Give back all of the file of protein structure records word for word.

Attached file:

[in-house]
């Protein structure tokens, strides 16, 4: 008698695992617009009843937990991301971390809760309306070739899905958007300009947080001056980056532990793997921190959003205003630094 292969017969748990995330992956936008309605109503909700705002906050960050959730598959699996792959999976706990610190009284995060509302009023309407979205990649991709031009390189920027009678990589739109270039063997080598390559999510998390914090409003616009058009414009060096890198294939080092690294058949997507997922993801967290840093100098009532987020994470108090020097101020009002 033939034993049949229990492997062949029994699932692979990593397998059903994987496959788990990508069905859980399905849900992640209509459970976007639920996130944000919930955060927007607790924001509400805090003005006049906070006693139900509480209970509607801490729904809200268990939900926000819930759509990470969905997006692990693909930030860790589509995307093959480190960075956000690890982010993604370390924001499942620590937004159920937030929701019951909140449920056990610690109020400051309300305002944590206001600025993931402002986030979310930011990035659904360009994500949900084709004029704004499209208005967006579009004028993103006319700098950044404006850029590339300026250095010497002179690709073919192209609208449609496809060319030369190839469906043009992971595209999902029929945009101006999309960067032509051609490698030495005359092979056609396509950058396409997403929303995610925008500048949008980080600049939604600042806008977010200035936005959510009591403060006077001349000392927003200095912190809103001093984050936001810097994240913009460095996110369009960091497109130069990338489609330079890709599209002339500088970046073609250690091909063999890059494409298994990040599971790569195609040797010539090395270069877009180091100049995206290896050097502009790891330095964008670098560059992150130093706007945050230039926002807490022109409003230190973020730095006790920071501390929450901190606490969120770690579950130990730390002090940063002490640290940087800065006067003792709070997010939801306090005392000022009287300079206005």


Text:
[in-house]
């Protein structure tokens, strides 16, 4: 008698695992617009009843937990991301971390809760309306070739899905958007300009947080001056980056532990793997921190959003205003630094 292969017969748990995330992956936008309605109503909700705002906050960050959730598959699996792959999976706990610190009284995060509302009023309407979205990649991709031009390189920027009678990589739109270039063997080598390559999510998390914090409003616009058009414009060096890198294939080092690294058949997507997922993801967290840093100098009532987020994470108090020097101020009002 033939034993049949229990492997062949029994699932692979990593397998059903994987496959788990990508069905859980399905849900992640209509459970976007639920996130944000919930955060927007607790924001509400805090003005006049906070006693139900509480209970509607801490729904809200268990939900926000819930759509990470969905997006692990693909930030860790589509995307093959480190960075956000690890982010993604370390924001499942620590937004159920937030929701019951909140449920056990610690109020400051309300305002944590206001600025993931402002986030979310930011990035659904360009994500949900084709004029704004499209208005967006579009004028993103006319700098950044404006850029590339300026250095010497002179690709073919192209609208449609496809060319030369190839469906043009992971595209999902029929945009101006999309960067032509051609490698030495005359092979056609396509950058396409997403929303995610925008500048949008980080600049939604600042806008977010200035936005959510009591403060006077001349000392927003200095912190809103001093984050936001810097994240913009460095996110369009960091497109130069990338489609330079890709599209002339500088970046073609250690091909063999890059494409298994990040599971790569195609040797010539090395270069877009180091100049995206290896050097502009790891330095964008670098560059992150130093706007945050230039926002807490022109409003230190973020730095006790920071501390929450901190606490969120770690579950130990730390002090940063002490640290940087800065006067003792709070997010939801306090005392000022009287300079206005």